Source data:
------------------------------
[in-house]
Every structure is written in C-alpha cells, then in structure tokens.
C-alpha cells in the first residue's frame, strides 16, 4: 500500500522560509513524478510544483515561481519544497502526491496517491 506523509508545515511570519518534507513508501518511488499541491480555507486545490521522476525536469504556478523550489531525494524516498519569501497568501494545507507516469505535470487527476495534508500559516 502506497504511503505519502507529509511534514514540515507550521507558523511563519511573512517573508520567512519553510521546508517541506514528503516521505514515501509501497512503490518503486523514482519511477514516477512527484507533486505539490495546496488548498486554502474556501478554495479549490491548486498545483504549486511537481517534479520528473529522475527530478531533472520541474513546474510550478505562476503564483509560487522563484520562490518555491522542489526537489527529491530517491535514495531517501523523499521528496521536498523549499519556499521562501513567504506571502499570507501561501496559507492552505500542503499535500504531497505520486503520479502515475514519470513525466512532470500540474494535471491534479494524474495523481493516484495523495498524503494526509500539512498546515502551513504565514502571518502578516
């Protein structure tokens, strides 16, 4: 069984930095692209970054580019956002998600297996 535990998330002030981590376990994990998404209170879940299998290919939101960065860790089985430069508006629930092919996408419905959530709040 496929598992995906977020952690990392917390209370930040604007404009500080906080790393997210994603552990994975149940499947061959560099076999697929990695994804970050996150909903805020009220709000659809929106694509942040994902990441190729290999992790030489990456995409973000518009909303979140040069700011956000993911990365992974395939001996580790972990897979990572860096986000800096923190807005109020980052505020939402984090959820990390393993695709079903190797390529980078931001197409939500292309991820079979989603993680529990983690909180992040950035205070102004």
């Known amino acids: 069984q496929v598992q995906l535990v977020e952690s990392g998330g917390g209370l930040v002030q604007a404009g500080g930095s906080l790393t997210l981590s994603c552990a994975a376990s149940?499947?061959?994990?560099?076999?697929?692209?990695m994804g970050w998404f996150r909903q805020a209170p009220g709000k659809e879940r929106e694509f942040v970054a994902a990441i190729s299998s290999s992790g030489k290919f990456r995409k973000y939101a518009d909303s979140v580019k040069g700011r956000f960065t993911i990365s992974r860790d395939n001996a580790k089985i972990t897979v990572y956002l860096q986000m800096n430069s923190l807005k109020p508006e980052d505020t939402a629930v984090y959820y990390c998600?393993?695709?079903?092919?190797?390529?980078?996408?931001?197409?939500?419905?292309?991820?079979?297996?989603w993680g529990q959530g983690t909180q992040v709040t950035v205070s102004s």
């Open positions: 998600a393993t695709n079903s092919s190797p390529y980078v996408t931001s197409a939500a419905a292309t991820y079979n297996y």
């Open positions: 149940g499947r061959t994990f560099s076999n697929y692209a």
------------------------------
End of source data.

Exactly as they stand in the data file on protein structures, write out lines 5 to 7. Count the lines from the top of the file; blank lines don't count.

């Known amino acids: 069984q496929v598992q995906l535990v977020e952690s990392g998330g917390g209370l930040v002030q604007a404009g500080g930095s906080l790393t997210l981590s994603c552990a994975a376990s149940?499947?061959?994990?560099?076999?697929?692209?990695m994804g970050w998404f996150r909903q805020a209170p009220g709000k659809e879940r929106e694509f942040v970054a994902a990441i190729s299998s290999s992790g030489k290919f990456r995409k973000y939101a518009d909303s979140v580019k040069g700011r956000f960065t993911i990365s992974r860790d395939n001996a580790k089985i972990t897979v990572y956002l860096q986000m800096n430069s923190l807005k109020p508006e980052d505020t939402a629930v984090y959820y990390c998600?393993?695709?079903?092919?190797?390529?980078?996408?931001?197409?939500?419905?292309?991820?079979?297996?989603w993680g529990q959530g983690t909180q992040v709040t950035v205070s102004s």
């Open positions: 998600a393993t695709n079903s092919s190797p390529y980078v996408t931001s197409a939500a419905a292309t991820y079979n297996y």
């Open positions: 149940g499947r061959t994990f560099s076999n697929y692209a």